W. Thomas White passed his boyhood upon the farm around Tamaroa, falling into the hands of that systematic farmer and altogether admirable citizen, Lysias Heap. He was a cultured, educated gentleman and Thomas White was the third boy he had taken under his paternal care. He was well versed in boy-lore and he well knew the way to the best that was in the heart and mind of a boy, and how best to develop his better nature. During the winter young White was sent to school the same as if he had been a son of his benefactor, and the boy improved his opportunities in a more than usual manner. No arduous labors were demanded of him as a return for his schooling privileges, but he did the choring and other light work about the premises and in this way came to young manhood. He made his home with Mr. Heap until he was past twenty, at which age he began teaching school, continuing thus for eight years. At that time the Wabash, Chester & Western Railroad Company was building its line through the county and Mr. White became interested in it. He became a brakeman and served in that capacity until he lost a leg as the result of an unfortunate railroad accident in 1873, and following his recovery he was made station agent at Cutler, which position he filled with a high degree of satisfaction to all concerned until his retirement in April, 1911, after thirty-four years of service at one station. During many years of that time Mr. White had carried on farming to a greater or less extent upon the farm, a portion of which was his wife's property, coming to her from her father, the Reverend M. Harshaw. Upon this farm she was born, reared, married and has thus far passed her married life. The marriage of Mr. White with Miss Sarah Harshaw took place August 4, 1881. She was born October 3, 1853, and was educated in the home, in the public school and in a private academy at Coulterville. Reverend Michael Harshaw, her father, came to the Cutler neighborhood in 1842, coming from Pittsburgh, Pennsylvania, and settling in the dense woods on the now prosperous farm conducted by his daughter's husband. He was a native of county Armagh, Ireland, born there in 1818, and in Bakerstown, Pennsylvania, December 27, 1842, he married Margaret McCloskey, a native of county Antrim, Ireland, who came to the United States in 1824. They were the parents of seven children: Eliza, the wife of Rev. S. B. Moore, of Tarkio, Missouri; Rev. Andrew Harshaw, of Junction City, Kansas; Mrs. White; and Rev. William Harshaw, of Minneapolis, Minnesota; all of whom are living, and three are deceased. The wife and mother passed away October 4, 1910, at the advanced age of ninety-three years, while the father died August 11, 1874. Rev. Michael Harshaw was an important factor in the work of the United Presbyterian church in this section of Illinois. His education, received in Washington and Jefferson College, and later at a Presbyterian seminary, was ample to prepare him for the work he was engaged in for so many years of his life, and, indeed, up to the last week of his life. He blazed the trail for much of the later work that has been done in Southern Illinois by the United Presbyterian church, and was faithful to the last in the performance of his duties as a minister of the gospel. A man of high character and fearless in his convictions, he was a formidable enemy to all that smacked of vice in its myriad forms, and he was loved and respected by all who came within the circle of his acquaintance.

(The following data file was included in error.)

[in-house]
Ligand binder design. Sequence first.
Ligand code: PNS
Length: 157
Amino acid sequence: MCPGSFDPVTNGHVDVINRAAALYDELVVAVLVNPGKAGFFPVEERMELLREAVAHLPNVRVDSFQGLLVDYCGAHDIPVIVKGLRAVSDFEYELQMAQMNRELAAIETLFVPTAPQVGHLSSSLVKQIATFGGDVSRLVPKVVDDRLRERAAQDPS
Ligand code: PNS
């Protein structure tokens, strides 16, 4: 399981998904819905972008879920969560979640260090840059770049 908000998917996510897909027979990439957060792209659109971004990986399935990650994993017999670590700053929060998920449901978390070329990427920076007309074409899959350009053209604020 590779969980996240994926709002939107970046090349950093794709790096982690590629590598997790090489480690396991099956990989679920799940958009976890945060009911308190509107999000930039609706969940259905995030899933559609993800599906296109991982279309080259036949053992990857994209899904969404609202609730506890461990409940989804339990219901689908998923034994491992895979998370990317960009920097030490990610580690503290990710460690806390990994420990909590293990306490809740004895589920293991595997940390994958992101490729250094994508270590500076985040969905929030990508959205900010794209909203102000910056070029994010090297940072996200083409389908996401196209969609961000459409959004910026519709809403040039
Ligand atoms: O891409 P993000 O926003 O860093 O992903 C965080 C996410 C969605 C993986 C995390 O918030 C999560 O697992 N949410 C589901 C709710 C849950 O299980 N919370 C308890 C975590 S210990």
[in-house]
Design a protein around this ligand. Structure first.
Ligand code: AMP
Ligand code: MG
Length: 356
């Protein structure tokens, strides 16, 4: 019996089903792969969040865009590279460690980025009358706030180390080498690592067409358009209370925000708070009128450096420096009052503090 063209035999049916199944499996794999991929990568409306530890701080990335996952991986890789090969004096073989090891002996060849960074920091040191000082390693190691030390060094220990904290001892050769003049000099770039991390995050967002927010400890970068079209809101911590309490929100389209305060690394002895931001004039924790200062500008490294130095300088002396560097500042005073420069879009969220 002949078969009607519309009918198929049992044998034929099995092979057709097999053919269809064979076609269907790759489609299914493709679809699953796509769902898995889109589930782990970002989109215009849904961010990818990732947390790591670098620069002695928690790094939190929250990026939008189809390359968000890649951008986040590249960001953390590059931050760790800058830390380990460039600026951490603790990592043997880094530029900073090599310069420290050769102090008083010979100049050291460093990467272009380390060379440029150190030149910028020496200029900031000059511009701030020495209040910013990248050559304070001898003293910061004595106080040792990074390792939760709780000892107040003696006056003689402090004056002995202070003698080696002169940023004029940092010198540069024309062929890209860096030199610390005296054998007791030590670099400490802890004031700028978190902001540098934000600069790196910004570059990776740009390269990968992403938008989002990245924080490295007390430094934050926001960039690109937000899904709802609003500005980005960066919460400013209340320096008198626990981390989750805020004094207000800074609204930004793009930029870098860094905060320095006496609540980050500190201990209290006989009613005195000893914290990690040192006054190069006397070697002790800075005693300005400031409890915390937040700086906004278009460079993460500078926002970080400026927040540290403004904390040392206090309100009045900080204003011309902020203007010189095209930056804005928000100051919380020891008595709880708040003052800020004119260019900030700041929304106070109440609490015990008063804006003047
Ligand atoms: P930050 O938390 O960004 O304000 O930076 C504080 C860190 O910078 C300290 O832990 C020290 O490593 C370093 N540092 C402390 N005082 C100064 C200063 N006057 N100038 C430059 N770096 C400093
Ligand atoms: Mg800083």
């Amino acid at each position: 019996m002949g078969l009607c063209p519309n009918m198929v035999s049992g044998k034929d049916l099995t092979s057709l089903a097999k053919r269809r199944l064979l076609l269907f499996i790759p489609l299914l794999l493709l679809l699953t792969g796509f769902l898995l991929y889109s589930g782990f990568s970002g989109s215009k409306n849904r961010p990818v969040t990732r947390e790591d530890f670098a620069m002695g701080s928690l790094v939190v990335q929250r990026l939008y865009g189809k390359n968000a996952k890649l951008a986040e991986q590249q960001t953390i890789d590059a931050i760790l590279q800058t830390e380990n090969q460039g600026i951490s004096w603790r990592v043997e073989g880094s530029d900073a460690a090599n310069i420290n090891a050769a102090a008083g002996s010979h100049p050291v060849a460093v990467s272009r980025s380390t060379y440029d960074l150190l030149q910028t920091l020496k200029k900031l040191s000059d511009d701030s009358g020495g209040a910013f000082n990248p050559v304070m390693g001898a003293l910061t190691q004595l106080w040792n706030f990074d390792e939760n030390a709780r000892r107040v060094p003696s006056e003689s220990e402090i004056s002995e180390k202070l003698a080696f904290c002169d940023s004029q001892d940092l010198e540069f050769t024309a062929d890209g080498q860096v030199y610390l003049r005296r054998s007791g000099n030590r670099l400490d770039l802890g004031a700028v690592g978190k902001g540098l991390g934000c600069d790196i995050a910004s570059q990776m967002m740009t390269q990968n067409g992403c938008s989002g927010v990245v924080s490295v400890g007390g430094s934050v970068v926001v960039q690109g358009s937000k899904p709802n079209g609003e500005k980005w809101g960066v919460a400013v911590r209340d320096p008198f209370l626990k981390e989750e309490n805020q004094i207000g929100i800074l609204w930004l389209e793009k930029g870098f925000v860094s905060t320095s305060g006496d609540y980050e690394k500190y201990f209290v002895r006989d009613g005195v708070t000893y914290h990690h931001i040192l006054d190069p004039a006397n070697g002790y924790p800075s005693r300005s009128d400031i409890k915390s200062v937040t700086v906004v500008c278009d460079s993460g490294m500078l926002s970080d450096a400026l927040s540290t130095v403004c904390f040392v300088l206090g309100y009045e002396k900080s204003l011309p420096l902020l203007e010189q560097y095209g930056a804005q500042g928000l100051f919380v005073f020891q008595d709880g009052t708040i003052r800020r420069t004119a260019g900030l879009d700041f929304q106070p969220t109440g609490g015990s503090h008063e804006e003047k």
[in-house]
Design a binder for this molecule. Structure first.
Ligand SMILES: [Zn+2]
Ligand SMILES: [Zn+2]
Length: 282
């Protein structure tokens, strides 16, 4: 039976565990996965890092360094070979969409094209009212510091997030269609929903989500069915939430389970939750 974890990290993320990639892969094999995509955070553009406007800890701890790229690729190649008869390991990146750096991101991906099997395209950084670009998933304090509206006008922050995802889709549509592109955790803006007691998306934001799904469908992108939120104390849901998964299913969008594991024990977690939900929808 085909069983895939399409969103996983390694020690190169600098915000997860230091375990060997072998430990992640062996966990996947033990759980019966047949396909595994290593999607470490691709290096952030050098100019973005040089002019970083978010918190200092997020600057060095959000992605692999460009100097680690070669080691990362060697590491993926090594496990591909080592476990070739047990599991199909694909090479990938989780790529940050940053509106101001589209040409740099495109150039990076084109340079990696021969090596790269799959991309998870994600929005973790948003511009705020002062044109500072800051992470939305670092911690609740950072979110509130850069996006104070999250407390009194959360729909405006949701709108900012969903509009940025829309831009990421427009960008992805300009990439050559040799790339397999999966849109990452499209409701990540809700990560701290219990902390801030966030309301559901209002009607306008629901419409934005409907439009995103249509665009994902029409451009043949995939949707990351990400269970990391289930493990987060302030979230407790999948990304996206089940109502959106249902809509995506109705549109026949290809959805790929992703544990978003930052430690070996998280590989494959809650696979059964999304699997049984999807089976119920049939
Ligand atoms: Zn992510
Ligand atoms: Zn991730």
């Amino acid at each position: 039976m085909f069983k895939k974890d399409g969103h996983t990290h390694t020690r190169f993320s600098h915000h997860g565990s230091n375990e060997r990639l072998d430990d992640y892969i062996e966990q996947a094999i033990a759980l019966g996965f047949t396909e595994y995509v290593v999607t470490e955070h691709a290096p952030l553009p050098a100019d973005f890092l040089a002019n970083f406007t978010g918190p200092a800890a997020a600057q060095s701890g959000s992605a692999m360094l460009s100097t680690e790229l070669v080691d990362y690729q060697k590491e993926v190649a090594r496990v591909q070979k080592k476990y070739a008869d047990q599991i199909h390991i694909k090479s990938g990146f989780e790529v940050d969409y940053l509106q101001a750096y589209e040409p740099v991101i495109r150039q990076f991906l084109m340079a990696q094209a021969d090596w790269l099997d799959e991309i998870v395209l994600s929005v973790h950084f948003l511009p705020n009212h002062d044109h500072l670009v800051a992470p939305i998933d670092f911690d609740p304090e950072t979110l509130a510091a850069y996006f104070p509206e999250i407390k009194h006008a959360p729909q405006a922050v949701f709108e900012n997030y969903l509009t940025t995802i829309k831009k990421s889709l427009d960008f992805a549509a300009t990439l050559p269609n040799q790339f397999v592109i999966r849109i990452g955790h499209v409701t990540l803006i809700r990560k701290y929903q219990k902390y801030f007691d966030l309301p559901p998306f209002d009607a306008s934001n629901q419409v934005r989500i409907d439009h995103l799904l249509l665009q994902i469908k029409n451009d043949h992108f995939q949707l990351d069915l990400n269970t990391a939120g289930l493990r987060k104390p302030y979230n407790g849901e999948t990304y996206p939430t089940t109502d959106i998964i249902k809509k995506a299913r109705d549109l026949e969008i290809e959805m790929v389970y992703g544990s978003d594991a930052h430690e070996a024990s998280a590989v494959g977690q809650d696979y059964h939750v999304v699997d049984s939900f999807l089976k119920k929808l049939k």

p. 917

Mr. and Mrs. White are members of the United Presbyterian church. Mr. White has been a notary public for many years, is a justice of the peace and is a Prohibition Democrat. He has been secretary of the Farmers' Institute for many years and takes a hearty interest in all matters of agricultural import. One son has been born to Mr. and Mrs. White: Howard, a resident of Cutler, born December 4, 1887, and married to Theresa Meyer on April 20, 1911.

Bio's Index